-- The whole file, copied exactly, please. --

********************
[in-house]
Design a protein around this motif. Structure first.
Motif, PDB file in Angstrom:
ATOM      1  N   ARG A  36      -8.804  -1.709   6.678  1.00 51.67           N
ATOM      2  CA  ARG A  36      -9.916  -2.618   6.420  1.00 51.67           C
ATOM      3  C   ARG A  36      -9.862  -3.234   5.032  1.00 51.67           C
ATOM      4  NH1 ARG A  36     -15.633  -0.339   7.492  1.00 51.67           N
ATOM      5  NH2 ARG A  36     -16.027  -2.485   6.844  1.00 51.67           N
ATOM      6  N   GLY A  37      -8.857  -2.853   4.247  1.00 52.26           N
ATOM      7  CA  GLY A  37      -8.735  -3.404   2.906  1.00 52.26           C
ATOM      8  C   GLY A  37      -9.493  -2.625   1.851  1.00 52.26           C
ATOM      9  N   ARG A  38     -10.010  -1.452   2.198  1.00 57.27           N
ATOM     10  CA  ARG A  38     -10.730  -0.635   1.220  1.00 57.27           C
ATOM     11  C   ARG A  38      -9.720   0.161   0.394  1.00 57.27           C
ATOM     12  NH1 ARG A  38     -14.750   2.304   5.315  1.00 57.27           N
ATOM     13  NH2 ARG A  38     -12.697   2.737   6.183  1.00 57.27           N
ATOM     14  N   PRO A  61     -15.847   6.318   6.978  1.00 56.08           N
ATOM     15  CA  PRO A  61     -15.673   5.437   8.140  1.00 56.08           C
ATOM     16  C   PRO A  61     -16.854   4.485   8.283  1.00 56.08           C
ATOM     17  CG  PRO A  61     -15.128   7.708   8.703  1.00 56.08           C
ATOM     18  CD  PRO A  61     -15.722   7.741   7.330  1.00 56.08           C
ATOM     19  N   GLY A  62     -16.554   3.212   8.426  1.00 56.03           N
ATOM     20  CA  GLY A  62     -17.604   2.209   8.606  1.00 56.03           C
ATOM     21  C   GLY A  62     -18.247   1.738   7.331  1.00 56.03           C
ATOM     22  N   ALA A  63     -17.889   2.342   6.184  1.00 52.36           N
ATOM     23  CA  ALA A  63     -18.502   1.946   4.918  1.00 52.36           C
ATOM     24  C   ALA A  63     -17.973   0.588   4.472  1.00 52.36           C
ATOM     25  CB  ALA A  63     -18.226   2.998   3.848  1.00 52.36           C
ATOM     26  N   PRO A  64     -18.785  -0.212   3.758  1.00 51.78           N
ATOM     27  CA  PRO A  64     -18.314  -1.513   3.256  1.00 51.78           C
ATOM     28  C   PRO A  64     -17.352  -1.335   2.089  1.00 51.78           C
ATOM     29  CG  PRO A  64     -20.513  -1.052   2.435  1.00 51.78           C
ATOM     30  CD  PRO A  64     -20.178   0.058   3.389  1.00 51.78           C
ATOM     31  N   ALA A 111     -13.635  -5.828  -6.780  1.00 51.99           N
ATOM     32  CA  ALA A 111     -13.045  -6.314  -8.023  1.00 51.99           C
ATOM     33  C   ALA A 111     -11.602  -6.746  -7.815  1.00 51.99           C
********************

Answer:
[in-house]
Design a protein around this motif. Structure first.
Motif, PDB file in Angstrom:
ATOM      1  N   ARG A  36      -8.804  -1.709   6.678  1.00 51.67           N
ATOM      2  CA  ARG A  36      -9.916  -2.618   6.420  1.00 51.67           C
ATOM      3  C   ARG A  36      -9.862  -3.234   5.032  1.00 51.67           C
ATOM      4  NH1 ARG A  36     -15.633  -0.339   7.492  1.00 51.67           N
ATOM      5  NH2 ARG A  36     -16.027  -2.485   6.844  1.00 51.67           N
ATOM      6  N   GLY A  37      -8.857  -2.853   4.247  1.00 52.26           N
ATOM      7  CA  GLY A  37      -8.735  -3.404   2.906  1.00 52.26           C
ATOM      8  C   GLY A  37      -9.493  -2.625   1.851  1.00 52.26           C
ATOM      9  N   ARG A  38     -10.010  -1.452   2.198  1.00 57.27           N
ATOM     10  CA  ARG A  38     -10.730  -0.635   1.220  1.00 57.27           C
ATOM     11  C   ARG A  38      -9.720   0.161   0.394  1.00 57.27           C
ATOM     12  NH1 ARG A  38     -14.750   2.304   5.315  1.00 57.27           N
ATOM     13  NH2 ARG A  38     -12.697   2.737   6.183  1.00 57.27           N
ATOM     14  N   PRO A  61     -15.847   6.318   6.978  1.00 56.08           N
ATOM     15  CA  PRO A  61     -15.673   5.437   8.140  1.00 56.08           C
ATOM     16  C   PRO A  61     -16.854   4.485   8.283  1.00 56.08           C
ATOM     17  CG  PRO A  61     -15.128   7.708   8.703  1.00 56.08           C
ATOM     18  CD  PRO A  61     -15.722   7.741   7.330  1.00 56.08           C
ATOM     19  N   GLY A  62     -16.554   3.212   8.426  1.00 56.03           N
ATOM     20  CA  GLY A  62     -17.604   2.209   8.606  1.00 56.03           C
ATOM     21  C   GLY A  62     -18.247   1.738   7.331  1.00 56.03           C
ATOM     22  N   ALA A  63     -17.889   2.342   6.184  1.00 52.36           N
ATOM     23  CA  ALA A  63     -18.502   1.946   4.918  1.00 52.36           C
ATOM     24  C   ALA A  63     -17.973   0.588   4.472  1.00 52.36           C
ATOM     25  CB  ALA A  63     -18.226   2.998   3.848  1.00 52.36           C
ATOM     26  N   PRO A  64     -18.785  -0.212   3.758  1.00 51.78           N
ATOM     27  CA  PRO A  64     -18.314  -1.513   3.256  1.00 51.78           C
ATOM     28  C   PRO A  64     -17.352  -1.335   2.089  1.00 51.78           C
ATOM     29  CG  PRO A  64     -20.513  -1.052   2.435  1.00 51.78           C
ATOM     30  CD  PRO A  64     -20.178   0.058   3.389  1.00 51.78           C
ATOM     31  N   ALA A 111     -13.635  -5.828  -6.780  1.00 51.99           N
ATOM     32  CA  ALA A 111     -13.045  -6.314  -8.023  1.00 51.99           C
ATOM     33  C   ALA A 111     -11.602  -6.746  -7.815  1.00 51.99           C